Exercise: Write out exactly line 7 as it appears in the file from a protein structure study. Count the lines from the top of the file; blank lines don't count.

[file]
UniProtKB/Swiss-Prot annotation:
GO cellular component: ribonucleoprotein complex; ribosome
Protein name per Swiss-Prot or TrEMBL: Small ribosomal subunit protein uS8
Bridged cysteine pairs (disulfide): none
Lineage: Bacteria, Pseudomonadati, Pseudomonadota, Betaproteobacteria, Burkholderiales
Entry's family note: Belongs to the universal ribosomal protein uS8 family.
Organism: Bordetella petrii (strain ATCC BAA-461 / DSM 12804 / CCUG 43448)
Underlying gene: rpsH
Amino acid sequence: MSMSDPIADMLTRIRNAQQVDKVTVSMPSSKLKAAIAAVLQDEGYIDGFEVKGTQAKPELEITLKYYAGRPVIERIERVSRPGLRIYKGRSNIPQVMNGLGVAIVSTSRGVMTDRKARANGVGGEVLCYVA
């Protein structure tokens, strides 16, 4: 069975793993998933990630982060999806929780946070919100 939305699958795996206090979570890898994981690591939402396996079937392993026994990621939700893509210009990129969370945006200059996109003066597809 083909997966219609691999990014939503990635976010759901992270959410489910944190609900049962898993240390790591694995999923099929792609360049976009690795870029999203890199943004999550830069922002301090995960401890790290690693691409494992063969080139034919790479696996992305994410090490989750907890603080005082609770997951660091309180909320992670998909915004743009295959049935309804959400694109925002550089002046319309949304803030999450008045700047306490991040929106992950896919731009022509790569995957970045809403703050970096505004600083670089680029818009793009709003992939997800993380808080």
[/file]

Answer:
Organism: Bordetella petrii (strain ATCC BAA-461 / DSM 12804 / CCUG 43448)